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Wikipedia says:

An ambient light source represents a fixed-intensity and fixed-color light source that affects all objects in the scene equally.

By saying "affects all objects equally" they mean all objects get the same amount of light? So if you have three houses in your scene, you would need to calculate a specific position for the ambient lighting source, in order that every object gets the same amount of light? If not, you would not have an ambient light source?

What is the difference between "normal" lighting from the sun and ambient lighting?

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  • $\begingroup$ In a word: evil. $\endgroup$ – imallett Oct 20 '15 at 15:21
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In this context, Ambient lighting refers to a very crude approximation of indirect lighting.

Direct lighting from a direct source is relatively simple to evaluate and model, even in real-time. But the light that is not absorbed will bounce all over the place and cause indirect lighting. This is why for example a lamp will a lampshade will light a whole room and not only the narrow area underneath.

But modeling indirect lighting is difficult and costly. So an approximation is to consider that lighting to be constant and independent from position: that's ambient lighting.

In the case of outdoor scene, ambient lighting would represent the blue light coming from the sky dome, as opposed to the orange direct light coming from the Sun.

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  • $\begingroup$ Technically light from the sun is white. $\endgroup$ – ratchet freak Aug 31 '15 at 8:09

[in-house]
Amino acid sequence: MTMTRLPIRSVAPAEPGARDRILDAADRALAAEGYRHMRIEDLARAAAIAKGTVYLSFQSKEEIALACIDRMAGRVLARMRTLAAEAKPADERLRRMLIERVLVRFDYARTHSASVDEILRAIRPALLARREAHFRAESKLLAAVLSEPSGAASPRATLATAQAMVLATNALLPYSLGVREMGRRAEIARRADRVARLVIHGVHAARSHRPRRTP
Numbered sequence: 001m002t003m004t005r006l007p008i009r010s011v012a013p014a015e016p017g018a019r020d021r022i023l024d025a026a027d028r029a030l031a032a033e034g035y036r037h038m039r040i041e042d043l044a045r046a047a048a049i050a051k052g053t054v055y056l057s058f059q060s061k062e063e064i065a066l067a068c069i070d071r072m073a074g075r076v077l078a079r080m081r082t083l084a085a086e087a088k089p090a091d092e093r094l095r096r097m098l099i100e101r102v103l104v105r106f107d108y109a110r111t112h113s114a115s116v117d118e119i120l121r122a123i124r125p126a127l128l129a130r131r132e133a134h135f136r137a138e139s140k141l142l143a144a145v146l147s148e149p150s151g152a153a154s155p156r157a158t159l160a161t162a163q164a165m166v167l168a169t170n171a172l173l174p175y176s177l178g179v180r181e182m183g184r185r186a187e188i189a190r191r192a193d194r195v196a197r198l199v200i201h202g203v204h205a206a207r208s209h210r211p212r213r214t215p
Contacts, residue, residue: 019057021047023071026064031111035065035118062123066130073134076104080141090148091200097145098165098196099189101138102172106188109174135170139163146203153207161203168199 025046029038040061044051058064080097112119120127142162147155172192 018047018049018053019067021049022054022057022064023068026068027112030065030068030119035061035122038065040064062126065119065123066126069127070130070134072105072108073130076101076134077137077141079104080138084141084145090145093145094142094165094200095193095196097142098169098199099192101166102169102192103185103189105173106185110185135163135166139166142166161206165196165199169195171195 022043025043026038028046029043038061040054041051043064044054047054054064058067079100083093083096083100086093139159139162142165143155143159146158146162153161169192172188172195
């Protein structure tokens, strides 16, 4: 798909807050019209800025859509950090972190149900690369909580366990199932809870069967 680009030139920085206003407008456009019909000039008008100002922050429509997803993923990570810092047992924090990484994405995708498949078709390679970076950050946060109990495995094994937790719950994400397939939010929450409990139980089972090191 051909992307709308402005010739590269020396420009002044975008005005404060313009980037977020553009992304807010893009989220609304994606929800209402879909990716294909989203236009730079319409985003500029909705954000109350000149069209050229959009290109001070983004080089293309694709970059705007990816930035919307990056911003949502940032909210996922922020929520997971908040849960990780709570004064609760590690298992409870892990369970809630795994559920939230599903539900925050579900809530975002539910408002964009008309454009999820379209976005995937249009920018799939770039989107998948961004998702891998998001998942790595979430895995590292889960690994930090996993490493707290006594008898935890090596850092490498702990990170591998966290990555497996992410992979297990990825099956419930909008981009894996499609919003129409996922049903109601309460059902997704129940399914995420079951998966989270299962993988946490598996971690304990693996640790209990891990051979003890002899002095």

• $\begingroup$ @ratchetfreak: True; there's something to say about temperature, but the topic is unrelated to the original question. $\endgroup$ – Julien Guertault Aug 31 '15 at 9:17
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    $\begingroup$ @ratchetfreak only if you're in space, which you're typically not. Our glorious atmosphere makes it appear yellowish (by scattering the blue). $\endgroup$ – imallett Oct 20 '15 at 15:23
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Traditional rendering solutions do not do account for secondary light bounces (called indirect light). Even with strategically placed fill lights you still have areas where none of the direct light hits.

Ambient light tries to solve this problem by shining by a constant amount in all directions. In practice this means that light position or surface normal has no meaning, one just adds some of the shaders color multiplied by ambient light color to the shading result.

Ambient light has a tendency to look artificial when overused. But the opposite problem is that surfaces look like they are on outer space. Ambient light also makes the difference between dark materials and light materials more apparent.

Ambient light

Image 1: Image without ambient light (left) looks like it was shot in space. Image with ambient (right) looks more natural, although possibly a bit flat if overused.

The real problem is that ambient light does not really exist. Even if youd argue that its useful model, it certainly is not uniform. Its just a quick fix. Therefore all kinds of tricks, like ambient occlusion, have been proposed to enhance the quality of ambient light.

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